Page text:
Anti-androgen drugs block androgen hormones, such as testosterone. People can use them for many purposes, like slowing prostate cancer and minimizing the masculinizing effects of certain hormones.

Androgens are hormones that regulate the development of sex characteristics. Usually, people born with male sex characteristics tend to have high levels of androgens. People born with female characteristics tend to have low levels of androgens. Instead, they often have high levels of estrogen.

Anti-androgen drugs work by blocking the effects of androgens, such as testosterone. They do this by binding to proteins called androgen receptors. They bind to these receptors so that androgens can’t bind to them.

There are several types of anti-androgens. You can usually take them with other medications or during certain surgical procedures.

Anti-androgens have many uses, from managing prostate cancer to reducing unwanted facial hair.

For women

Many women tend to produce few androgens. However, some women may produce more than others.

For example, women with polycystic ovary syndrome (PCOS) often have higher androgen levels. This can cause excess hair growth, acne, and ovulation problems. Anti-androgens can help reduce these symptoms in women with PCOS.

Other conditions that cause high levels of androgens in women include:

Anti-androgens can help manage these conditions and prevent complications caused by high androgen levels in women. These complications include:

For transgender and nonbinary people

For people in transition, anti-androgens can help block some masculinizing effects of testosterone. They can reduce some characteristically male traits, such as:

Anti-androgens can often be most effective for transgender women when they take the medications with estrogen, the primary female sex hormone.

In addition to triggering the development of feminine physical traits, such as breasts, estrogen also indirectly reduces testosterone levels. Taking anti-androgens with estrogen can help to both suppress masculine traits and promote feminine ones.

For people who identify as nonbinary, taking anti-androgens alone can help reduce masculine physical traits.

For men

Androgens stimulate cancer cell growth in the prostate. Lowering androgen levels, or preventing androgens from reaching cancer cells, can help slow down cancer. It may also shrink existing tumors.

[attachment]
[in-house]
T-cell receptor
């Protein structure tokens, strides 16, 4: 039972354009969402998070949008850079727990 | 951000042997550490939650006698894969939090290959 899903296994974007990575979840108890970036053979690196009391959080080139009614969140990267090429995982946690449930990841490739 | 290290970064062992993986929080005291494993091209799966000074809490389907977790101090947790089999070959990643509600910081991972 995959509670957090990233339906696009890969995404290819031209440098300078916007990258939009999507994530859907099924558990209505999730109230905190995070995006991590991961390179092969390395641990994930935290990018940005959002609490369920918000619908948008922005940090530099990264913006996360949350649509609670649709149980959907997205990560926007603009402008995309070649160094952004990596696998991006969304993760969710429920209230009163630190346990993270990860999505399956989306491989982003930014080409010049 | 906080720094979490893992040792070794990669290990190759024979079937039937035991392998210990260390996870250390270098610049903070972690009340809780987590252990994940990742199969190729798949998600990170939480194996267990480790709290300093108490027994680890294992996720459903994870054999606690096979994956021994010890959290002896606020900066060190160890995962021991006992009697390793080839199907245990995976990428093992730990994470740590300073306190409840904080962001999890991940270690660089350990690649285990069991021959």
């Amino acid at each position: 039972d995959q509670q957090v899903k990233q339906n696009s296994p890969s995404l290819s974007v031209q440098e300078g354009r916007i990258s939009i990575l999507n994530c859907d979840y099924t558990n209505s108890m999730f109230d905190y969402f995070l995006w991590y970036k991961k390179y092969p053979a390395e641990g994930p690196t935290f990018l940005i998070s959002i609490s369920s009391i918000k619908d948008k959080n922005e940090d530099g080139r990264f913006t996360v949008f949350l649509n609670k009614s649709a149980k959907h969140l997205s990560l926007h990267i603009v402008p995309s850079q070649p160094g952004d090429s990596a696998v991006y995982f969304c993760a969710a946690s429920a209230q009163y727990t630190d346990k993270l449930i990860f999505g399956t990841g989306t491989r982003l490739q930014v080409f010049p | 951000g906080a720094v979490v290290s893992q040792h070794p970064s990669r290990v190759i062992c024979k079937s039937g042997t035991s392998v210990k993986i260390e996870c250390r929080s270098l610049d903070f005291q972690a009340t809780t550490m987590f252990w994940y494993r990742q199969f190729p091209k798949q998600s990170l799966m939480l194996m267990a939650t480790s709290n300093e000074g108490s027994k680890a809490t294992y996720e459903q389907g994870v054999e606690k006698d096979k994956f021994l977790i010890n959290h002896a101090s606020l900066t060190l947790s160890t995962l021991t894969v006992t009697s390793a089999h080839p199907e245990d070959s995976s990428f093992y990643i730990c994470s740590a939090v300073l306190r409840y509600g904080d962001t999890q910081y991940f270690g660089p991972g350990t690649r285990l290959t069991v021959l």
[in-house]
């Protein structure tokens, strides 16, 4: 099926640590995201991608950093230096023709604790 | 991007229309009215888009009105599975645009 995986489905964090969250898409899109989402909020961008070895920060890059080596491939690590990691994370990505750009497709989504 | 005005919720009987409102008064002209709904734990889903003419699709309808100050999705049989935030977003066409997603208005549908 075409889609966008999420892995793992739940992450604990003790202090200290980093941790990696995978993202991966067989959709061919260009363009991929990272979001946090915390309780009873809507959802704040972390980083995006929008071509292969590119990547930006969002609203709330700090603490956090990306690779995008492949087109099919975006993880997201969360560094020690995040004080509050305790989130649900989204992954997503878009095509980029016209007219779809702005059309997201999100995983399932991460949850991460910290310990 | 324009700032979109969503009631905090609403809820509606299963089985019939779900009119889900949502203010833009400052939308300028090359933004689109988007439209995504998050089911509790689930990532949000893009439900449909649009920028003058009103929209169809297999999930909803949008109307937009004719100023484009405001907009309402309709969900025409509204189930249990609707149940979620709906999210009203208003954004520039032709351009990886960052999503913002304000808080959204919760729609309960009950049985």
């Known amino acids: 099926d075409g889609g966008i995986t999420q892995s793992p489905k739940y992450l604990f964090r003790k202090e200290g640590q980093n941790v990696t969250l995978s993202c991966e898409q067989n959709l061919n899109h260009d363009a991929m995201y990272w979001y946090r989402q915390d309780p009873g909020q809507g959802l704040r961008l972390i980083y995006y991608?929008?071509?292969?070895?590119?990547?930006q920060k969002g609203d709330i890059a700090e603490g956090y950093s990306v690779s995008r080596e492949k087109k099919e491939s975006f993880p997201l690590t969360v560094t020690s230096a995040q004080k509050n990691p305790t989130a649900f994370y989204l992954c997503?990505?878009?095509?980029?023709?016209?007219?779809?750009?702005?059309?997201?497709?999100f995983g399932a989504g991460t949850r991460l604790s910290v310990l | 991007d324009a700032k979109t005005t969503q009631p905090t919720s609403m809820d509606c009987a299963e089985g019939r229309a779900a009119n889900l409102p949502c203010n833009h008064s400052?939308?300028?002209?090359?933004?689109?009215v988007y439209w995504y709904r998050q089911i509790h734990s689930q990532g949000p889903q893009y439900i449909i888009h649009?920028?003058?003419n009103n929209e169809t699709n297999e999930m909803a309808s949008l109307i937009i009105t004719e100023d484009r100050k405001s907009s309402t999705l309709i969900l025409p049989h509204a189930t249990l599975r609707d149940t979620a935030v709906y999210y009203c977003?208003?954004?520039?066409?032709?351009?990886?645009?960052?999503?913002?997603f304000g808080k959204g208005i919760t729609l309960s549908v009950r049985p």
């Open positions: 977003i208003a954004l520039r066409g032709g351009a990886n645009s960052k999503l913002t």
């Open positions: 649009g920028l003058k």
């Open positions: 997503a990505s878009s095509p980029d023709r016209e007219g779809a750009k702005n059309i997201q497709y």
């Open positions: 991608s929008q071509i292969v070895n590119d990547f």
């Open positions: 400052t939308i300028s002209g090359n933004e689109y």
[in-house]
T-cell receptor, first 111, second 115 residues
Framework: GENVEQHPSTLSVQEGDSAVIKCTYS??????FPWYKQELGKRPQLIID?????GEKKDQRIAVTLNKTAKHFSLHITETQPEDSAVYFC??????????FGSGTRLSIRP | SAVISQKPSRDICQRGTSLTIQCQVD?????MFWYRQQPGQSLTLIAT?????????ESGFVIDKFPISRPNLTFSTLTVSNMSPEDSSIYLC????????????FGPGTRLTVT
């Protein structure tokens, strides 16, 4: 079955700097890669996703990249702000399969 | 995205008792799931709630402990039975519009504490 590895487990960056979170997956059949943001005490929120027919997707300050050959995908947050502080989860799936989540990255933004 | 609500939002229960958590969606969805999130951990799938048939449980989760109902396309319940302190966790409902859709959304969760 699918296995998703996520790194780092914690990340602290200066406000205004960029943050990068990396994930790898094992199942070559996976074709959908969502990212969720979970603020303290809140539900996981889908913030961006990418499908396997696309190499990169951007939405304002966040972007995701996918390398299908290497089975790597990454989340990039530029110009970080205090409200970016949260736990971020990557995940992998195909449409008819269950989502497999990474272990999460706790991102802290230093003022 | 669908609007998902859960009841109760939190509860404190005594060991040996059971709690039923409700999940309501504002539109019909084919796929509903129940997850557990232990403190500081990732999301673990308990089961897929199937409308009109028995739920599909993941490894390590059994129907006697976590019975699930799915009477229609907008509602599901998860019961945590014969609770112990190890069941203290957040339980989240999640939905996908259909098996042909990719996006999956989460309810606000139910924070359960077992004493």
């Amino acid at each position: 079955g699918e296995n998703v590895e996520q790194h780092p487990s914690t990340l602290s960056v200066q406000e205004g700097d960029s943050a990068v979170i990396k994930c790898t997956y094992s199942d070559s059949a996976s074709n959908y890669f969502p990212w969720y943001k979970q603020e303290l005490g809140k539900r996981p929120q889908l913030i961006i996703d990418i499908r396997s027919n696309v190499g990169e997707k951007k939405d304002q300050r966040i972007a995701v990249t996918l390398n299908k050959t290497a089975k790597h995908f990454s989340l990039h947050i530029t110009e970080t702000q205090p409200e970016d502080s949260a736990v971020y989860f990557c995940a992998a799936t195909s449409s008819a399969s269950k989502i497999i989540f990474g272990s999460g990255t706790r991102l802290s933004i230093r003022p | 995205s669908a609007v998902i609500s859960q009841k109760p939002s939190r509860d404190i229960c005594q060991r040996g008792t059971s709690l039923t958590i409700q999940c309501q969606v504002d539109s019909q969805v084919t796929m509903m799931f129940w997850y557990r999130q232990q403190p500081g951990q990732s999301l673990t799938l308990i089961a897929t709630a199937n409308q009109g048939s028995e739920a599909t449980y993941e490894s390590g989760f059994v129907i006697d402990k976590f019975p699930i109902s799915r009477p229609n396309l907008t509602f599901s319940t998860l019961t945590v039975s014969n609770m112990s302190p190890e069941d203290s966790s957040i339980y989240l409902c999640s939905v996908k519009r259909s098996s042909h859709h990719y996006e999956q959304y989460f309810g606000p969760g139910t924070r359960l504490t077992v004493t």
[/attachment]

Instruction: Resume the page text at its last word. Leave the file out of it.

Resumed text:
In its early stages, prostate cancer cells rely on androgens to feed their growth. Anti-androgens work by blocking androgens from binding to androgen receptors in prostate cancer cells. This starves the cancer cells of the androgens they need to grow.

However, anti-androgens don’t stop androgen production. Medical professionals often combine anti-androgens with other treatments, such as surgical or chemical castration. These combinations are also called:

  • combined androgen blockage
  • complete androgen blockade
  • total androgen blockade

There are several anti-androgens available, each with slightly different uses. Here’s a look at some of the most common ones.


Flutamide is a type of anti-androgen people use with other medications to treat certain types of prostate cancer. Flutamide binds to the androgen receptors in prostate cancer cells, which blocks androgens from binding to the receptors. This prevents androgens from encouraging prostate cancer cell growth.


Spironolactone (Aldactone) is a type of anti-androgen that medical professionals used for years to treat hormonal acne and excessive body hair. People transitioning may take it to reduce masculine traits. Although there’s little evidence to support its use, some doctors also prescribe it for female pattern baldness.


Cyproterone was one of the first anti-androgens. Healthcare professionals used it with other medications to treat women with PCOS. It may also decrease testosterone levels and reduce the production of acne-causing oils.

Doctors might also use it to reduce masculine traits in transgender women. However, due to its side effects, they generally do not prefer it. Cyproterone is currently unavailable in the United States.

Anti-androgens can produce a range of side effects, depending on the dose and type you take.

Some possible side effects include:

  • low sex drive
  • increased risk of depression
  • elevated liver enzymes
  • reduced facial and body hair
  • higher risk of developmental issues for a fetus if you take them during pregnancy
  • hepatitis
  • liver injury
  • erectile dysfunction
  • diarrhea
  • breast tenderness
  • hot flashes
  • menstrual irregularity
  • skin rash
  • anti-androgen resistance, meaning the medication stops working

A healthcare professional can help you choose an anti-androgen that suits your needs and comes with the fewest side effects.

Anti-androgens have many uses for men, women, and people in gender transition, both on their own and combined with other medications and treatments. However, anti-androgens can cause some serious side effects. Work with a doctor to weigh the pros and cons of taking anti-androgens.